The most important thing to remember about this data is that these are mentions. We can’t tell which of these tweets are positive or negative, so we can’t be sure who’s actually being favored in the online social world - quite yet, that is.

As for the delegation among genders, we know the female population are commanding contributors to social media sites. We’d simply like to hear more of what they have to say about politics.

If you haven’t already, be sure to check out our Live! Elections 2012 charts for info on swing states and more, updating weekly so you can keep track of who’s talking about who. iCharts has teamed up with PeopleBrowsr and Experian to keep our readers up-to-date with elections news and to better help you answer the question: Who will come out on top this November?

It’s New, and It’s Getting Big. Come Explore Inside the Olympics.

At iCharts we’re always itching to showcase what iCharts does for marketers, publishers, journalists and freelance bloggers. Not in a features and benefits way, or through a tutorial video, but in a way that shows iCharts in-action, such as Inside the Olympics, to expose the bigger challenge we’re aiming to solve: how to share valuable information and stories in bite-size formats that are data driven. We believe at iCharts, that we’re on the path to solving that.

How Does iCharts Work?

Subscribers, free or paid, can create charts by syncing data sources to a cloud-based platform that enables real-time publishing with or without design elements, plus interactive features for extended in-chart data mining. Users can choose to share their charting masterpieces on a website, blog, social networks, or privately with peers and colleagues via .PDF or .PNG files.

Why Inside the Olympics?

The Olympics is a monumental event with a wide array of commentary and data that highlights factoids from past and present. Many will create and explore Olympic articles, photos and video content surrounding the event. But no one, to-date, has journaled an event via charts to quickly expose trending topics, while also documenting past and current events. iCharts aims to fill that gap, while showcasing to others how they too can create short format content with rich data and information to be shared, tweeted, pinned, blogged, curated for digital magazines, or embedded on a website without the extended effort of writing a traditional article, press release or blog post.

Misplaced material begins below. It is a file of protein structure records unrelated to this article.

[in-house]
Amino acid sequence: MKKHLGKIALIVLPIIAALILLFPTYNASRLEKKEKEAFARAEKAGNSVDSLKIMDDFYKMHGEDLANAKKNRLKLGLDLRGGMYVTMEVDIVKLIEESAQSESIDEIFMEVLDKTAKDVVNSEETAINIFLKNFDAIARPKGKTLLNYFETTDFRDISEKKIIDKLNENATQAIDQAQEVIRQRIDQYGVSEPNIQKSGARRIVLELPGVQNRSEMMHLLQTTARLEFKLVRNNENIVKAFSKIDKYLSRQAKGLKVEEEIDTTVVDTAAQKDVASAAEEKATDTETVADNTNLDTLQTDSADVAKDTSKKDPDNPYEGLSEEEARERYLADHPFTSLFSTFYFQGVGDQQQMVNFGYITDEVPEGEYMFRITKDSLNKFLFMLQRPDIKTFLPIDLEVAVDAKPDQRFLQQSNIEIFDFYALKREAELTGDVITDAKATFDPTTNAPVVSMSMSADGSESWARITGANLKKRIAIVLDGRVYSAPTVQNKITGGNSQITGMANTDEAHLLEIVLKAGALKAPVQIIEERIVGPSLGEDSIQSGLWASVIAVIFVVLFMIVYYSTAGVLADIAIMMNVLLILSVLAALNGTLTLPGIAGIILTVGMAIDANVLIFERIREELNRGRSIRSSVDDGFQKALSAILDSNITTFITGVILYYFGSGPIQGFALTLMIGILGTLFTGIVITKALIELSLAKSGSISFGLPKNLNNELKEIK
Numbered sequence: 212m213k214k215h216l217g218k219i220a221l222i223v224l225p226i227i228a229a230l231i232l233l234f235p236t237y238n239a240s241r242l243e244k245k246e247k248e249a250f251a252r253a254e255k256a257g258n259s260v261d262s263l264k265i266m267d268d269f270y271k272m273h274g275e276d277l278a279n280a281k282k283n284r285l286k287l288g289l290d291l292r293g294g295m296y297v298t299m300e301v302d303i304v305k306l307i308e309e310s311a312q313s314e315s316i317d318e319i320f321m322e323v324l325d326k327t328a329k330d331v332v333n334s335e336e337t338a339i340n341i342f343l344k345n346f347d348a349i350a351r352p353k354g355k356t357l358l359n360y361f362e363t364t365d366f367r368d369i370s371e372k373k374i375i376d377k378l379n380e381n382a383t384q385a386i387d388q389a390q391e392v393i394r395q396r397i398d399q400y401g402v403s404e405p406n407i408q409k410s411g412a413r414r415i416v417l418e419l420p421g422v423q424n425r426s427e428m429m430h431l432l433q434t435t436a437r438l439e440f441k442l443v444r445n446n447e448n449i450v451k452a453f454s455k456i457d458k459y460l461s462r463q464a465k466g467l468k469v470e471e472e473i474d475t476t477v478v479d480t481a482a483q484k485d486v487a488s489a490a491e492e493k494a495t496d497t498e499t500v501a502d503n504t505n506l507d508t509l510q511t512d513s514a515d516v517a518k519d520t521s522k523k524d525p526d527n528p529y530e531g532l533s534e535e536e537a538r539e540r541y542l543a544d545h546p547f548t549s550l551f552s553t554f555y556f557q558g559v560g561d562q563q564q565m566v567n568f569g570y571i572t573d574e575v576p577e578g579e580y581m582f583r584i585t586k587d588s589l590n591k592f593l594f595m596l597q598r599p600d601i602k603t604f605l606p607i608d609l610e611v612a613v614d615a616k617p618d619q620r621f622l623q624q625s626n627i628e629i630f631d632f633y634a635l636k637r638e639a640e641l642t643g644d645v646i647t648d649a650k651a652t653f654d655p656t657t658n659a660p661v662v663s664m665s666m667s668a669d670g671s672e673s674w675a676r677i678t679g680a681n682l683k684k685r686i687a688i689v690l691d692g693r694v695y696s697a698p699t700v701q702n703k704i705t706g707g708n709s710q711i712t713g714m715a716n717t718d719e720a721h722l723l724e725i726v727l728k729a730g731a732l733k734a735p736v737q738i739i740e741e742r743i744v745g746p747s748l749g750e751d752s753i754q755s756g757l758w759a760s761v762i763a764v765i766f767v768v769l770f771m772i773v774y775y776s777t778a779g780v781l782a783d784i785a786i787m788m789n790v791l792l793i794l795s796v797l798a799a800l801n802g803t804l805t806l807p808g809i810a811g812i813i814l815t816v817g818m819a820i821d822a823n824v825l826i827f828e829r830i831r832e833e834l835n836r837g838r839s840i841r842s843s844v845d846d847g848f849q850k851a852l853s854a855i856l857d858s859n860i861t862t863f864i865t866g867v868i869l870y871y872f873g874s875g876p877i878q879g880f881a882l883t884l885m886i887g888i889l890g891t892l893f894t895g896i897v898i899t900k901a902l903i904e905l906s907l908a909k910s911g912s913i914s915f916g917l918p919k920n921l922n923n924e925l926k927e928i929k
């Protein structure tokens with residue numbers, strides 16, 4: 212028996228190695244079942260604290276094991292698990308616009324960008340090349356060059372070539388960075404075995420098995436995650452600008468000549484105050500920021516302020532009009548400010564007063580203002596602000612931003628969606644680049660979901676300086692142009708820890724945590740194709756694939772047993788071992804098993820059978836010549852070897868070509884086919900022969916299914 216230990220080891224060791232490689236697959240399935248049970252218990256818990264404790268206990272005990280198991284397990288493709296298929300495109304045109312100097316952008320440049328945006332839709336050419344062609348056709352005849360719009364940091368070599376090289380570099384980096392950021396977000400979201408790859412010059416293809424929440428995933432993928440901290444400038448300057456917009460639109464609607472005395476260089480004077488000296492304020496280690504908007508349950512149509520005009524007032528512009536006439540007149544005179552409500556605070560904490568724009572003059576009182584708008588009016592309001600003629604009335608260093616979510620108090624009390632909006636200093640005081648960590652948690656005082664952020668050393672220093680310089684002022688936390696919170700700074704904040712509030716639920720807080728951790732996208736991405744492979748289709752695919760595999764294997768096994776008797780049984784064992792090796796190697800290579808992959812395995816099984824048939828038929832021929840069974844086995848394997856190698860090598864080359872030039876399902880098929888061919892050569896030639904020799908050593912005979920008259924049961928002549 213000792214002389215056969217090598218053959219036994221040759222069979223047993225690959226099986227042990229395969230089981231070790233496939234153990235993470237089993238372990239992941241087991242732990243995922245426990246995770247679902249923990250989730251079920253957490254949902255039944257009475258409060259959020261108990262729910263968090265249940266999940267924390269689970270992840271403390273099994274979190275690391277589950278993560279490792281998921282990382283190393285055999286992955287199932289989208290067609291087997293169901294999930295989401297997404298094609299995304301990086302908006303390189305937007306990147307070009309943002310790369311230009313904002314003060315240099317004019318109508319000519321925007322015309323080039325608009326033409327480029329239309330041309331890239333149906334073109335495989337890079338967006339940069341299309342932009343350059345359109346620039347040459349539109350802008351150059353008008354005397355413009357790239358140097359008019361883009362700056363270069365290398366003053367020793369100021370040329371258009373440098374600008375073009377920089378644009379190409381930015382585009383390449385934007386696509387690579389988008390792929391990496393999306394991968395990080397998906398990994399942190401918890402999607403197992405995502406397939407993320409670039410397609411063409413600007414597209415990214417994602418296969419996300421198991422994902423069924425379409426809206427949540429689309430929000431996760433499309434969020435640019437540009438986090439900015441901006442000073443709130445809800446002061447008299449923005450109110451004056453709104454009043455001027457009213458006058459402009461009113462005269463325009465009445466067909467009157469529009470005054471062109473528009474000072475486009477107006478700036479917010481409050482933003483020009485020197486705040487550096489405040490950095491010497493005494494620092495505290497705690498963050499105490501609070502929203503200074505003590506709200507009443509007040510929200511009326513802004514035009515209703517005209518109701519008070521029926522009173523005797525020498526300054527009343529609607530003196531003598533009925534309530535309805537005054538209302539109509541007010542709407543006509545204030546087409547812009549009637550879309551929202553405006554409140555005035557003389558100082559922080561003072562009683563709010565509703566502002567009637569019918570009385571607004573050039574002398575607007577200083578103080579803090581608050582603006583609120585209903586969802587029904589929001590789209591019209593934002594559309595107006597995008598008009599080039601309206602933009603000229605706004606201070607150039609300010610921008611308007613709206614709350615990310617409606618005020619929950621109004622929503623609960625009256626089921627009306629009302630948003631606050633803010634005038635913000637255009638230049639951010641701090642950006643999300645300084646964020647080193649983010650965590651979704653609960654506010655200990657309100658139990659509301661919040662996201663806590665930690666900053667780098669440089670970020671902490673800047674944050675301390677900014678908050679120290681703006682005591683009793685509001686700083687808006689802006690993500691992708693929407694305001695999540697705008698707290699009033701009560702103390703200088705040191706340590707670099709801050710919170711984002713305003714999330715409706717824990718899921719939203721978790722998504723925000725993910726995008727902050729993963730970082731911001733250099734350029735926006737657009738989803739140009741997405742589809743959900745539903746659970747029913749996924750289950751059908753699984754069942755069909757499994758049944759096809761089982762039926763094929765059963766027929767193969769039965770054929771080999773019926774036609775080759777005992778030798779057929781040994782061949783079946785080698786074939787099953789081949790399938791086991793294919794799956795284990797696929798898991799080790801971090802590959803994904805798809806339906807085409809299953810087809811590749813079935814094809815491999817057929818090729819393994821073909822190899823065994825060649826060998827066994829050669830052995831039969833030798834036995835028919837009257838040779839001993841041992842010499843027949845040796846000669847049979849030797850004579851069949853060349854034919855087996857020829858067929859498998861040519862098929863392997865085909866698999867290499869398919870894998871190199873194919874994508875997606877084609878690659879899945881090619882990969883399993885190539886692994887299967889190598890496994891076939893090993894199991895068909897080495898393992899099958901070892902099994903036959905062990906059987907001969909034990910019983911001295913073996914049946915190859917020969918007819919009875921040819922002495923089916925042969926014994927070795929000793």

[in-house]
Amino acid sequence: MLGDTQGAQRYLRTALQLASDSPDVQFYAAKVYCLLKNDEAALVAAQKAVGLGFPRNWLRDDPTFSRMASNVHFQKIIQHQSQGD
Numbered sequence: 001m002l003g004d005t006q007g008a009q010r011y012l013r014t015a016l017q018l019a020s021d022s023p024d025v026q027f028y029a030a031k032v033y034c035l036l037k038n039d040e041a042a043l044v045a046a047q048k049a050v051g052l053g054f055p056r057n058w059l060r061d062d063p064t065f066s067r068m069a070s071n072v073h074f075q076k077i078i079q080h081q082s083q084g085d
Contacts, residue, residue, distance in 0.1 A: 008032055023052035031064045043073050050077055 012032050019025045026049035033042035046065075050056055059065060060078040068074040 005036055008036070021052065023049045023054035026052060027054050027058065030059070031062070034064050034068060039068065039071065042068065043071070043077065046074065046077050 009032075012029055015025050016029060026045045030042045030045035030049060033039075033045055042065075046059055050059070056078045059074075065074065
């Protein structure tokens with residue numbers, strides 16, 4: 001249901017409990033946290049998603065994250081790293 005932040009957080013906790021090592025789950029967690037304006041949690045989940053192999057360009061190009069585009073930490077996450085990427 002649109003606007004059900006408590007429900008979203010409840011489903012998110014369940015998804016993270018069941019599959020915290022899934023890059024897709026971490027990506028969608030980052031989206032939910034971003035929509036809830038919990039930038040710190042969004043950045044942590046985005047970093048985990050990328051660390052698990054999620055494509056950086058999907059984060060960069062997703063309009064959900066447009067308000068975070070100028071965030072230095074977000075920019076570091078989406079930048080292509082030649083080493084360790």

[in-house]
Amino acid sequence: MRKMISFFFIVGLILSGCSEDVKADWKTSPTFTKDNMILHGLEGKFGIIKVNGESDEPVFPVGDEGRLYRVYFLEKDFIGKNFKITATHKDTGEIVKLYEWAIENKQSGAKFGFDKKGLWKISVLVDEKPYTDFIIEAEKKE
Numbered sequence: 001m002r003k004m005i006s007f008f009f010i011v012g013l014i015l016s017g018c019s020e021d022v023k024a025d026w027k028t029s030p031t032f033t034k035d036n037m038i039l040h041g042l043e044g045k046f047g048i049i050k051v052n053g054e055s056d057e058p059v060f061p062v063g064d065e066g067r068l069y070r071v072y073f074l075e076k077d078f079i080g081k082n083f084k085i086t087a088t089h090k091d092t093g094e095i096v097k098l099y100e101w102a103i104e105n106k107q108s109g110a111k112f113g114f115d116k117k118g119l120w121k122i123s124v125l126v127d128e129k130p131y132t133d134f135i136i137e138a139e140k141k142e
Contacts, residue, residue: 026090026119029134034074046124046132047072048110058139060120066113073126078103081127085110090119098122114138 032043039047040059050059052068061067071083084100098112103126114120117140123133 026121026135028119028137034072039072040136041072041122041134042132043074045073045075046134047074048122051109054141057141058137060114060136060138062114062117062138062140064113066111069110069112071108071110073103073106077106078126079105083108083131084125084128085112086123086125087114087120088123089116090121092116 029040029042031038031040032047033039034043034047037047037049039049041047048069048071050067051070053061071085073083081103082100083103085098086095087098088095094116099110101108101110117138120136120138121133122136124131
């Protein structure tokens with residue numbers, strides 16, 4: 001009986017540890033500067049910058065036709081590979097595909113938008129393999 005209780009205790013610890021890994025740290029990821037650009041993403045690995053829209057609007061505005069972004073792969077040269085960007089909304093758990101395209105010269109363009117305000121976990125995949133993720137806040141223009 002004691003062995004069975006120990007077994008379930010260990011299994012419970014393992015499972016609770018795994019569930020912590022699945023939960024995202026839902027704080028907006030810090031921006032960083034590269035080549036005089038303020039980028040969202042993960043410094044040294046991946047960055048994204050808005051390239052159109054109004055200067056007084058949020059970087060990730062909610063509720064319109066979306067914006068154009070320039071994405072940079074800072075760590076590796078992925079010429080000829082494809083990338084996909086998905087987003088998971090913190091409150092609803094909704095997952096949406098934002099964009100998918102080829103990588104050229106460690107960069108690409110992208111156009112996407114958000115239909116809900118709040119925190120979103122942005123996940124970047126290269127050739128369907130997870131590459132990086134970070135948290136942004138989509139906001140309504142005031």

Because iCharts’ platform is flexible to absorb big or small datasets, it makes it easy to chart news as-it-happens or showcase statistics from prior events. Most charts for “Inside the Olympics” are static stories pulled from data partners like Experian and open data sources such as Guardian Data. But real-time charts can also be applied with or without content licensing such as medal counts.

The application of this project is scalable across a wide array of other journalistic and marketing oriented projects. As long as the user is prepared with data sources (or free form fast facts), images to complement the story, marketable copy for the chart title and description, it is entirely feasible to replicate the approach for Inside the Olympics.  It also should take no longer than an hour to produce a single chart from initial data upload to publish and share.

To follow Inside the Olympics or to learn more about iCharts, please visit http://www.icharts.net.

Inside the Olympics - Now Live!


Our special events ChartChannel Inside the Olympics is now live!

Did you know there are over 8,000 torchbearers during the relay?
That over 4 BILLION online viewers are expected to follow the Olympics?
Or that a women holds the fastest Olympic record in the 200M butterfly swim?

Continue reading

Prepping for the Olympics!

Wow. We’re only two weeks away from the Summer Olympics 2012! At iCharts we’re excited to soon launch an iCharts - Inside the Olympics - ChartChannel.

For now, follow along as we post new charts to showcase the buzz, hype and amazing stats the precede the actual event.

Today, our top chart story comes from Top End Sports poll, “What’s Your Favorite Olympics Sport?”


Subscribe here to get the latest iCharts Olympics coverage, via charts.

 

 

Why, When to Chart